A day after Israeli ministers gave the go-ahead to a bill regulating assisted suicide for terminally ill patients, the country’s minister for senior citizens appealed the decision, saying he would work to “save the legal system from this pill of death.”

Senior Citizens Minister Uri Orbach (Jewish Home) submitted an appeal Monday to the Ministerial Committee for Legislation against the euthanasia bill approved Sunday by MKs Ofer Shelah (Yesh Atid) and Zahava Gal-on (Meretz).

The bill, passed Sunday by a majority vote in the Ministerial Committee for Legislation, states that a patient defined as “terminal” could be granted a prescription for a lethal dose of anesthetics, and the prescribing doctor could not be held criminally responsible.

The law would grant the patient a degree of choice and control over his life at the point at which the pain and suffering has become unbearable, according to Shelah.

Religious lawmakers have said they would oppose the measure and the legislation is expected to face an uphill climb toward Knesset approval.

Writing on Facebook, Orbach said the bill commodified death.

“Death is becoming a commodity or service granted to citizens. The poor doctors now have to supply death for terminally ill patients as well [as medical care]. This is a false liberalism which claims that everything is negotiable as long as it is the free will of the customer. Any other value: social, religious, legal is rejected in the face of the individual’s choice,” he wrote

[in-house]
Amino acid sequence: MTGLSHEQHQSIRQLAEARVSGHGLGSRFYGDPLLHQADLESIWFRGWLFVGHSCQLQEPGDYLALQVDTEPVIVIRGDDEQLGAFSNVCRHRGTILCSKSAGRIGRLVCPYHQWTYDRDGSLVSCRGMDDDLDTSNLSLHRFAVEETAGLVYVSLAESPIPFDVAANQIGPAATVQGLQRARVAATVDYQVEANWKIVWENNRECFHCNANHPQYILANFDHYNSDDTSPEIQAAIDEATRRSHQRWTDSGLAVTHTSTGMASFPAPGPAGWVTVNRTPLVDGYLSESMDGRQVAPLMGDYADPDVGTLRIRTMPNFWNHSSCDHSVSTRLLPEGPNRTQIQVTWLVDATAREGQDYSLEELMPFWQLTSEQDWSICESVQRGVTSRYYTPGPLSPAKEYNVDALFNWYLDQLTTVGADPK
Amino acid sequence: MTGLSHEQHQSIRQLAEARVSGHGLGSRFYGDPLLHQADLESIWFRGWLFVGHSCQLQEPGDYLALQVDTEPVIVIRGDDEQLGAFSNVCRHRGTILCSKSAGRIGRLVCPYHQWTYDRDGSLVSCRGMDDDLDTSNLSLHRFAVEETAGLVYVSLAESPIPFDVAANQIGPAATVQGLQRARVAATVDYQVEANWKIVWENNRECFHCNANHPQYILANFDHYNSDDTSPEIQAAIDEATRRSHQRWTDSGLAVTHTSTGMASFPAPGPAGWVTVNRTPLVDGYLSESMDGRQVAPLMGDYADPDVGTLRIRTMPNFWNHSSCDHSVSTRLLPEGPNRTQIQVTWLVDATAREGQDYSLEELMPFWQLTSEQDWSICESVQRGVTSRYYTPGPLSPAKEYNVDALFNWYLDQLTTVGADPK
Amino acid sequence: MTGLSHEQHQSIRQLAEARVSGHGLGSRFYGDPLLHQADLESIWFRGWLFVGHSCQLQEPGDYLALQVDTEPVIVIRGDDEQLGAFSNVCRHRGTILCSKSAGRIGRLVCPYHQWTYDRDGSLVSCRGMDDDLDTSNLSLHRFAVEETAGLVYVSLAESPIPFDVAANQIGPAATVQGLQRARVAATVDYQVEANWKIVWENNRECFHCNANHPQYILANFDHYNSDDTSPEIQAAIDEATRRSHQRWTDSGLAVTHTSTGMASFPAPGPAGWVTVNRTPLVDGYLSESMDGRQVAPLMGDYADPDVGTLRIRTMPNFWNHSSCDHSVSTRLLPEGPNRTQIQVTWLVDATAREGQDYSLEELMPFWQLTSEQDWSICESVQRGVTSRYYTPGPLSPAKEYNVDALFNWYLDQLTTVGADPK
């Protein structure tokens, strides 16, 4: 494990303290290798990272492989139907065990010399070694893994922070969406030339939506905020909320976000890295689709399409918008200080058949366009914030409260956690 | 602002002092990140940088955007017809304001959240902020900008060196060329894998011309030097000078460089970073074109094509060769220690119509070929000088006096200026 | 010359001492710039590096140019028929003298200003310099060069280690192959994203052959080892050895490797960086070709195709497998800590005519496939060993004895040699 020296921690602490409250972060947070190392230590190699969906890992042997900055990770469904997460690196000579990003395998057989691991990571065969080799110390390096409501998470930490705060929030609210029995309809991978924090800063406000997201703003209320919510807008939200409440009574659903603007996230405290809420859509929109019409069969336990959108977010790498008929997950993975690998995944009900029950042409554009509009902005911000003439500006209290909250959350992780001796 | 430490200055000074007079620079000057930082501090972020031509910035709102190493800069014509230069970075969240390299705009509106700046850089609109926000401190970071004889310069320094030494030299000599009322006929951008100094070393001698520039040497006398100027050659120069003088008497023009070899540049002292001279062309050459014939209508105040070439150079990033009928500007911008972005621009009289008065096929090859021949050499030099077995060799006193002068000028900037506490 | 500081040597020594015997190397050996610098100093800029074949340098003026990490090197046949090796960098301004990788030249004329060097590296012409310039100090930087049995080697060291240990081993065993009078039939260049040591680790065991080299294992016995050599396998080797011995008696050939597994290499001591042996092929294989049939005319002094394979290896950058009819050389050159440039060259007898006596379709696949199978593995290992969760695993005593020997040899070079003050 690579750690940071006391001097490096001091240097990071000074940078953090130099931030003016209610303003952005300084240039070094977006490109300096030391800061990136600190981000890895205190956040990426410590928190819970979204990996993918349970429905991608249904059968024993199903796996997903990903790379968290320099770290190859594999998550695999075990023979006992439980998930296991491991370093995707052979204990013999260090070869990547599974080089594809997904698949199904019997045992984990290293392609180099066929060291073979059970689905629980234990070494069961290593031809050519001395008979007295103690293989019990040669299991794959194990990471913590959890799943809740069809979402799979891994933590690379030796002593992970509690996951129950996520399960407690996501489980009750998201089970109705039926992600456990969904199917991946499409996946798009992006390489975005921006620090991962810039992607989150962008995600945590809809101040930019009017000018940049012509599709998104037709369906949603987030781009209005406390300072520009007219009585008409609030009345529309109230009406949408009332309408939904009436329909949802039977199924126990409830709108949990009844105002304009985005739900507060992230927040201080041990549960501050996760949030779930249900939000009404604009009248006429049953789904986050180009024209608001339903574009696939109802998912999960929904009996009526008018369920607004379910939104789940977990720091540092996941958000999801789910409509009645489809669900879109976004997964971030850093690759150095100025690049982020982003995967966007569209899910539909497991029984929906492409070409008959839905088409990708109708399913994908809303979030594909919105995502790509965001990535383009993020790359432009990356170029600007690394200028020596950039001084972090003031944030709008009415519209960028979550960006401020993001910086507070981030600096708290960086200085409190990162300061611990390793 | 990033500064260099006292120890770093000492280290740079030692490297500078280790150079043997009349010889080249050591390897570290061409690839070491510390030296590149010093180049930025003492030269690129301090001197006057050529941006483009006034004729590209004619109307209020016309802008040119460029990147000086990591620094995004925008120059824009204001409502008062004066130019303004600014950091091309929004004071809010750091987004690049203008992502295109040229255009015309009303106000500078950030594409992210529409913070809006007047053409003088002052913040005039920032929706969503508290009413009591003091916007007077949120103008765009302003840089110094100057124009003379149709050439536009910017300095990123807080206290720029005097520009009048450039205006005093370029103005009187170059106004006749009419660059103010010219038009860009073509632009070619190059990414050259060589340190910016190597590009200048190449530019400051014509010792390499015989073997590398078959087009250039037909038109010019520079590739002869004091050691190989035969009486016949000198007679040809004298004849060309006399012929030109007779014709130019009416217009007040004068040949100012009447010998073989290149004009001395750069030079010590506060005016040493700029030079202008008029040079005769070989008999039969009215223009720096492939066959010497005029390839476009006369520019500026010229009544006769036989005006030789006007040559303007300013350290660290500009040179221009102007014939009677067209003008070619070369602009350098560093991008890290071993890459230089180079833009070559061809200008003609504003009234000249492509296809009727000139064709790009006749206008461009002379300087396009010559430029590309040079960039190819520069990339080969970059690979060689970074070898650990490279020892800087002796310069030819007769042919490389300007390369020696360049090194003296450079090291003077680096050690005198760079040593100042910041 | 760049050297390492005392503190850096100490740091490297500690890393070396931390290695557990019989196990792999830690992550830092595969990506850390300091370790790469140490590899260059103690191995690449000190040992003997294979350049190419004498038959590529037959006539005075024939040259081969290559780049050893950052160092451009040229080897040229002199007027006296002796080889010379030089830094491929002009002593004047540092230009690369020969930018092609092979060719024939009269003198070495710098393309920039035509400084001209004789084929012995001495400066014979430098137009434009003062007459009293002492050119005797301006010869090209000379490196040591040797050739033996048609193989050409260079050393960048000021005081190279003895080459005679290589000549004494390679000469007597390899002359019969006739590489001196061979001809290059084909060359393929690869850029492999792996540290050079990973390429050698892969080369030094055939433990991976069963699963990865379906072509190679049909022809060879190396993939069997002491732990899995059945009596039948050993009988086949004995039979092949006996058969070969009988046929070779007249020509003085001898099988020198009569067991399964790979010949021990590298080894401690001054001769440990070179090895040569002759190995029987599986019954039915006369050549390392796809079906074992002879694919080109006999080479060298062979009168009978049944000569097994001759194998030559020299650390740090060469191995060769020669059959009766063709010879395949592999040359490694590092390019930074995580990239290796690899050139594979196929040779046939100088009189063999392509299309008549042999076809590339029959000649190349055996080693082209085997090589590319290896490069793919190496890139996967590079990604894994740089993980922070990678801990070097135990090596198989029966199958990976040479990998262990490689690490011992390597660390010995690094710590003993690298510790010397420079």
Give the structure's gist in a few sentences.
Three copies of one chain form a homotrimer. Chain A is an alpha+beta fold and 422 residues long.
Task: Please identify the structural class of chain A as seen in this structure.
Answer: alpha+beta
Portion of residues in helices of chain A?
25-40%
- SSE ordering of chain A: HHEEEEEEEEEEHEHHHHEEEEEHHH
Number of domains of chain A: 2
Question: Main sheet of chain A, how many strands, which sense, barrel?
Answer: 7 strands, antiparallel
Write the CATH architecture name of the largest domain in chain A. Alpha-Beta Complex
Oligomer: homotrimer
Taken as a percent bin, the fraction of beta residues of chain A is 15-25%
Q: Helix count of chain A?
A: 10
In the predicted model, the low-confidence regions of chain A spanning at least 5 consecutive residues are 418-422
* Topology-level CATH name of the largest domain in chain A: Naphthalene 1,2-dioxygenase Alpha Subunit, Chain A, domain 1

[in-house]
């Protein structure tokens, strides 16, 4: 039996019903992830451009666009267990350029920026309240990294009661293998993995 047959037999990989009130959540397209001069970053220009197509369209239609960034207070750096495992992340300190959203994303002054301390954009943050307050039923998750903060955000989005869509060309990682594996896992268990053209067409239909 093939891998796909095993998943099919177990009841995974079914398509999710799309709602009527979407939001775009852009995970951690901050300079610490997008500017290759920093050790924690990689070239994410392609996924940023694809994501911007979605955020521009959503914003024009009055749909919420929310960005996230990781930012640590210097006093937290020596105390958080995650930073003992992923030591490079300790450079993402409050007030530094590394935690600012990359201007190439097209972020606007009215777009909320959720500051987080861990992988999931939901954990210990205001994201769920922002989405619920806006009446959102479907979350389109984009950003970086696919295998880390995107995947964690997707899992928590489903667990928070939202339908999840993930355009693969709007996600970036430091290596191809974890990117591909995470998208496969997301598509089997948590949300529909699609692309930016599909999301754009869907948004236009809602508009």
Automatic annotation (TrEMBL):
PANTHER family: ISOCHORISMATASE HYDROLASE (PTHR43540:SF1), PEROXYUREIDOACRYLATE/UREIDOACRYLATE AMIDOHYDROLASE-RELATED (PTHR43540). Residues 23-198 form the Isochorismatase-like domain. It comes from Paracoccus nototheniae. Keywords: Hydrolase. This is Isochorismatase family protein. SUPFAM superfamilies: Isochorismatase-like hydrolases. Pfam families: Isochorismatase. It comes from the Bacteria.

“My heart goes out to the terminally ill, but this is also a discussion about what is should be allowed within the legal statutes, what is the role of doctors and family, and whether ‘individual rights’ are the only determining factor in the eyes of the law.”

In 2005, Israel passed legislation allowing doctors to practice passive euthanasia by stopping lifesaving measures, after years of negotiations with religious and medical officials.

The current bill’s approval sparked a wave of reactions from politicians and religious leaders Sunday night.

Chief Ashkenazi Rabbi David Lau expressed his opposition, saying that “a doctor can be a healer, but when he is unable to heal he does not have the authority to kill. He may give pain medication, even in heavy doses, as death nears, but cannot kill.”

The Hotam forum, an umbrella group for religious research institutes and professionals, published a position paper stating, “This law poses a great danger to the public and therefore members of Knesset should feel obligated to prevent our continued moral decline.”